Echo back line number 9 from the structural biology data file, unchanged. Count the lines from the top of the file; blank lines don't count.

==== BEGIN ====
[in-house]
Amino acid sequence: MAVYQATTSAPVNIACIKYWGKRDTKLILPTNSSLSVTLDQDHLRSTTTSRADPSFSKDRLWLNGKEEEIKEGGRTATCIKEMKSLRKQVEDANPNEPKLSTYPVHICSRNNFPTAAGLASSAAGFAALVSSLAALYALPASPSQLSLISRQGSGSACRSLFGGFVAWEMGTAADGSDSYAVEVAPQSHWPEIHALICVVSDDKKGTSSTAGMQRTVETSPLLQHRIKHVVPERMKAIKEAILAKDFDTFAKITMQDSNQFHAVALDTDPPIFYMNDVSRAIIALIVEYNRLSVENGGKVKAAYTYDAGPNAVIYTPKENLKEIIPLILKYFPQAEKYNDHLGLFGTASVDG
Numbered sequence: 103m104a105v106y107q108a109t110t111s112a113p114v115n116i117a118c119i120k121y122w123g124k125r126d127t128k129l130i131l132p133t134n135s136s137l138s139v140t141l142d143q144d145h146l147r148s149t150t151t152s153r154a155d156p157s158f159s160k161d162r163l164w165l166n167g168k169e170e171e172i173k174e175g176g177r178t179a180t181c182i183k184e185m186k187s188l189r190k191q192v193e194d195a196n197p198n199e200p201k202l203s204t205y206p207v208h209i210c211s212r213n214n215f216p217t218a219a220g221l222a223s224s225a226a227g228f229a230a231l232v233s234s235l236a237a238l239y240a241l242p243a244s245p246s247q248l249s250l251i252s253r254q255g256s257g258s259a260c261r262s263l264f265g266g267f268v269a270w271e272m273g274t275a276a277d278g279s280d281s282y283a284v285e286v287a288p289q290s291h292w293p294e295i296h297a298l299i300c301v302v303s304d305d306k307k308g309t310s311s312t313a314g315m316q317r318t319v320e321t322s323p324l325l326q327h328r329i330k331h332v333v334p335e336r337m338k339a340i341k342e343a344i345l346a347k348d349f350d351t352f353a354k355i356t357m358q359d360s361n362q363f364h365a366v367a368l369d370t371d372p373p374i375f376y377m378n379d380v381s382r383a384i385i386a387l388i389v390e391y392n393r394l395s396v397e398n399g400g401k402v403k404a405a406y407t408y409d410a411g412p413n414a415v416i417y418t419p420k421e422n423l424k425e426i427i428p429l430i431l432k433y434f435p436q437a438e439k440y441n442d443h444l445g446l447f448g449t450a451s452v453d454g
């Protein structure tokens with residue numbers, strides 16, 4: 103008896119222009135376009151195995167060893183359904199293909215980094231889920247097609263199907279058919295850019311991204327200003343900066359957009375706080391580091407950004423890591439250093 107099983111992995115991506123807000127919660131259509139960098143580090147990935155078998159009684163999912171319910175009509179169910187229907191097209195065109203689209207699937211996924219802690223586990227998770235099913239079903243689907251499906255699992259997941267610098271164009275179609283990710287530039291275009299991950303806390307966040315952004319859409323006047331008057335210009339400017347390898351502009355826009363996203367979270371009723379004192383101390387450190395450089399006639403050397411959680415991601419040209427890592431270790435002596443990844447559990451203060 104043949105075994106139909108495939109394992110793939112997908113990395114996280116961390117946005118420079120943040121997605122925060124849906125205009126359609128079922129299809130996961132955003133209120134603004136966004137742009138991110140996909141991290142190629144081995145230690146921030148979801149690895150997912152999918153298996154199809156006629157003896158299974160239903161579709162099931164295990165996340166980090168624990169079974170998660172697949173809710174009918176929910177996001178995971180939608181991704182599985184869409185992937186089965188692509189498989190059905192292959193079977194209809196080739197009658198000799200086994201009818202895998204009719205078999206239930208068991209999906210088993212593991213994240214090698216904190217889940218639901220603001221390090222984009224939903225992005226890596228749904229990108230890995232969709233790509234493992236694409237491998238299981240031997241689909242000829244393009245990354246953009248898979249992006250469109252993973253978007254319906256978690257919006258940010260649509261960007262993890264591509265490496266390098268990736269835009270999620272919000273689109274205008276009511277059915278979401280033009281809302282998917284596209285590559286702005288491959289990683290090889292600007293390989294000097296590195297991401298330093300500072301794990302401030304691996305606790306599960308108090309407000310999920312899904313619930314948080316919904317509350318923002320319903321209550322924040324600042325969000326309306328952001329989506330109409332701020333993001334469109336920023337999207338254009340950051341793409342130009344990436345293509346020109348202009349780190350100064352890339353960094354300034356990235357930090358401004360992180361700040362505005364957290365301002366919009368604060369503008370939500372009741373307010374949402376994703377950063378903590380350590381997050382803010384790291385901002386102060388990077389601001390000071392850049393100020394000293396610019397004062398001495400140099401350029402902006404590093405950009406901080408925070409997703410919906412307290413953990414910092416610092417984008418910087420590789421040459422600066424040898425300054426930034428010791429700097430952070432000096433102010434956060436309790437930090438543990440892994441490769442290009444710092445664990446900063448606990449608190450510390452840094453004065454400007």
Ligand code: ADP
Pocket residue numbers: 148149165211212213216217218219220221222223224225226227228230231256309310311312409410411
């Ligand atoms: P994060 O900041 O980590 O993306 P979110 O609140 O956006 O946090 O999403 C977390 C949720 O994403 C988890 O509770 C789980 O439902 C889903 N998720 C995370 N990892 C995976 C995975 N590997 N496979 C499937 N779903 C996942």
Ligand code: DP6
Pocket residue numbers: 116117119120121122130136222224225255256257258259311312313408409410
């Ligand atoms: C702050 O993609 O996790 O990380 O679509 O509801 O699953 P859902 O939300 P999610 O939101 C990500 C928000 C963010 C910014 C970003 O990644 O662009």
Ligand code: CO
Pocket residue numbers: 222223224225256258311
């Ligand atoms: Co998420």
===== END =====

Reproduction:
Pocket residue numbers: 116117119120121122130136222224225255256257258259311312313408409410